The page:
All Of The Lies

Posted 25th March 2019 by Dave Cross
Doctors Chadi, Hadland, and Harris have issued a ‘call to action’ in a paper published by the Substance Abuse journal. In “Understanding the implications of the ‘vaping epidemic’ among adolescents and young adults”, the trio manage to include almost every lie about vaping.

The threesome work at the Boston University School of Medicine and the Boston Children’s Hospital in Massachusetts. Hadland and Harris haven’t been particularly prolific in their campaigning against vaping, although Harris’ Twitter feed is something to behold. Chadi probably lists attacking tobacco harm reduction as a hobby on his CV.

Invoking the spirit of hard drug use, he referred to ‘nic salts’ as “freebase” last year. Although it may be correct from a chemistry perspective, such language was designed to evoke connotations of crack cocaine.

Chadi told the American Society of Addiction Medicine's annual conference that Juul use alters the teen brain and makes them more susceptible “to other drugs”. Even the withdrawal from vaping was likened to a drug detox, saying youths were “showing irritability or shakiness when they stop”.

If anybody was desperately hunting out fake news about vaping, harm reduction researcher Frank Baeyens reckons this could be the best of the bunch: “Look no further: almost all anti-THR/anti-e-cig lies in one neat little package. Including a call to investigate the effectiveness of replacing dirty, sinful nicotine obtained from vaping with clean, medically approved nicotine.”

The authors conflate smoking with nicotine use at the outset: “The rapidly increasing popularity of electronic cigarettes has effectively reversed 5 decades of decreasing nicotine use among youth.”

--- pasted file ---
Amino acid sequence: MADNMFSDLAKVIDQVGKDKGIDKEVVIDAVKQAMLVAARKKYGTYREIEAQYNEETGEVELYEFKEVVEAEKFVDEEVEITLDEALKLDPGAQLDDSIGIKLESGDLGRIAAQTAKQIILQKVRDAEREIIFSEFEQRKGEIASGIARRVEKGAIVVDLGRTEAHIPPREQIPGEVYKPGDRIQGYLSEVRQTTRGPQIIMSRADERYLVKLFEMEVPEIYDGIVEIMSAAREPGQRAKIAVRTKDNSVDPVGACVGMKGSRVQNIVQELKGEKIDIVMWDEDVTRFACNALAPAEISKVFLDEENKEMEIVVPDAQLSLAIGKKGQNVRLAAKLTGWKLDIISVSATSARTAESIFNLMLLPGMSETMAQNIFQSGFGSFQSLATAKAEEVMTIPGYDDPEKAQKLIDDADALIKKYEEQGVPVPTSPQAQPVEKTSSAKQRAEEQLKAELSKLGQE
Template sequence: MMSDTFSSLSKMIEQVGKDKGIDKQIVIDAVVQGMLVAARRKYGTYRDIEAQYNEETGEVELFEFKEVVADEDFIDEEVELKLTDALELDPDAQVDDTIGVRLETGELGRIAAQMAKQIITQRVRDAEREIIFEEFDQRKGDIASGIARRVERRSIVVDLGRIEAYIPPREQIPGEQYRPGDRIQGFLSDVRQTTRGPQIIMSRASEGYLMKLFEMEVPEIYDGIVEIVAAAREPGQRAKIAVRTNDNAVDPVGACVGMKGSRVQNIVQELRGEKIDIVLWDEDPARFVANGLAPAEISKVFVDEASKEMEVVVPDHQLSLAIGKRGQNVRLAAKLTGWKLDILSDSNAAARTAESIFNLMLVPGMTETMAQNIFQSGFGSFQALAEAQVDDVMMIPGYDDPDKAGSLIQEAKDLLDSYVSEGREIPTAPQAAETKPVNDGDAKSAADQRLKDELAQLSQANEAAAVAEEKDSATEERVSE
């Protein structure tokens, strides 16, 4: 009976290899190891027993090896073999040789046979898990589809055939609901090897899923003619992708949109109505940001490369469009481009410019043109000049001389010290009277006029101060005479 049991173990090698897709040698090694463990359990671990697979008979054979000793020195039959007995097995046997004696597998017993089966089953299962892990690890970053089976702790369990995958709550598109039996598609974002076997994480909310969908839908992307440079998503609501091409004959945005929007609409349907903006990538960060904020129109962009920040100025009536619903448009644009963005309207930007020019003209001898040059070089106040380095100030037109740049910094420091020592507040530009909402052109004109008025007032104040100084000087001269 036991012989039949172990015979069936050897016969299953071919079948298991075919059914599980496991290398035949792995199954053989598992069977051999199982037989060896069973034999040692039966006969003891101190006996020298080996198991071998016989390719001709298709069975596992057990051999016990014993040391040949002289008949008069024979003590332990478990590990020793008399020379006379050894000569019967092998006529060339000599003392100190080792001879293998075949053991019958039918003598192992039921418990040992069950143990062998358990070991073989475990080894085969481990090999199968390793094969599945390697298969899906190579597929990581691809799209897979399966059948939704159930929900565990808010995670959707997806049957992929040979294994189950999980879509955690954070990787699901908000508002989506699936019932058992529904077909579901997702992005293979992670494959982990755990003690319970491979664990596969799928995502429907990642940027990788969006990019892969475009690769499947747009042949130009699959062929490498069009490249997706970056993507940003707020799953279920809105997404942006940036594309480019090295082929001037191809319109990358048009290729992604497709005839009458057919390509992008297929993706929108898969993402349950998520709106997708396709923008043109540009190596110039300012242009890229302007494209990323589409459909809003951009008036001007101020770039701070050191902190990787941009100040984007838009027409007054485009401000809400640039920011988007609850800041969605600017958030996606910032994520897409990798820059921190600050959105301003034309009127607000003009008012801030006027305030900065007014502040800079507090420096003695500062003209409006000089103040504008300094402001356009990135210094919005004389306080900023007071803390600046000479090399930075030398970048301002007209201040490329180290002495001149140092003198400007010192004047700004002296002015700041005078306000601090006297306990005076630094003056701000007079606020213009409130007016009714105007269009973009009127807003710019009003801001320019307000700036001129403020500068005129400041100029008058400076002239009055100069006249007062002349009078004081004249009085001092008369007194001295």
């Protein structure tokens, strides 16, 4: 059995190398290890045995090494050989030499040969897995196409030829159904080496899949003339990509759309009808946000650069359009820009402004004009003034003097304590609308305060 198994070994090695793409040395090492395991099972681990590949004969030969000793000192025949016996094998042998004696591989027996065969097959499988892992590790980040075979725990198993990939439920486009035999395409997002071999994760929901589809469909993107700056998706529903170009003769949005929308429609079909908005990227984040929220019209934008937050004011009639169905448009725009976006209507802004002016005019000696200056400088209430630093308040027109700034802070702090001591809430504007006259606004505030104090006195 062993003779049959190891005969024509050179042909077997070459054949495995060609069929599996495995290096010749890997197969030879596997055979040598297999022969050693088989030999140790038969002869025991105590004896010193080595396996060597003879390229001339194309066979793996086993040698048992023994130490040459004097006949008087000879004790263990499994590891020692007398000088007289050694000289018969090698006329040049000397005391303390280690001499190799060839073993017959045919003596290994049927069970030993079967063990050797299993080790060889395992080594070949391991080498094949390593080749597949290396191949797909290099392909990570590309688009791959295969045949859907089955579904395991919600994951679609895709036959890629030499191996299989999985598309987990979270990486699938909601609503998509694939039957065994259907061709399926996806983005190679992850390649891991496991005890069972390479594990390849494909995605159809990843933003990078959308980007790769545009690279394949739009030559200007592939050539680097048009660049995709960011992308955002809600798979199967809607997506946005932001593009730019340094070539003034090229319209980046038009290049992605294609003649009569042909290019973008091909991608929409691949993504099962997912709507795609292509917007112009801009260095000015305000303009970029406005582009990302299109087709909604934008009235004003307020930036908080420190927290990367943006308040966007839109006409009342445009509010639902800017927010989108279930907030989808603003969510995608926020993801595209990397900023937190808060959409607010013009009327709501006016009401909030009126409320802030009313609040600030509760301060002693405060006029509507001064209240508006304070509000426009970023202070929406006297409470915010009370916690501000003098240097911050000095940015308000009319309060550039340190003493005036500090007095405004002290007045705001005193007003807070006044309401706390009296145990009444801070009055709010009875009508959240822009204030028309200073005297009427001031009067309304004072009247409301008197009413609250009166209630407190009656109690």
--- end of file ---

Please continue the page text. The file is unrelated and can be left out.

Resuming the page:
They repeat the lie that there is evidence of harm from nicotine use: “There is building evidence that exposure to nicotine during adolescence and young adulthood is not only associated with increased rates of use of other substances, but also that such exposure has long-term effects on the developing brain.”

Generations of tobacco users have forged careers, won Nobel prizes and created spectacular works of art. Smokers have won world wars and become doctors; Einstein, Elvis and Duke Ellington all partook – yet we are to believe that a single rat study proves teen brains are attacked by nicotine.

Then the doctors ignore current efficacy evidence: “There is no clear evidence that e-cigarettes may be beneficial as a smoking reduction or cessation tool.”

Repeating claims of an epidemic is a further example of shoddy science as the Food and Drug Administration is still to release the full data it based its findings on.

Pretending there was no evidence from the Cochrane Review or the United Kingdom, they then write: “Aggressive marketing minimising the risks of e-cigarettes has contributed to misperceptions about e-cigarettes and what they contain and a low level of perceived riskiness.”

Building on Chadi’s inferences from last year, they continue to a humdinger of a lie: “There is now a growing consensus that e-cigarettes increase risk of subsequent use of cigarettes, marijuana, alcohol, and other substances.”

No informed person could or would believe there is a causal link between vaping and starting to use alcohol or hard drugs. Chadi and Hadland are clinical doctors, and Harris holds a doctorate, it is difficult to see them as stupid people. Such behaviour is totally reprehensible but we can only speculate upon their motivation to do this.

 

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 Dave Cross
Article by Dave Cross
Freelance writer, physicist, karateka, dog walker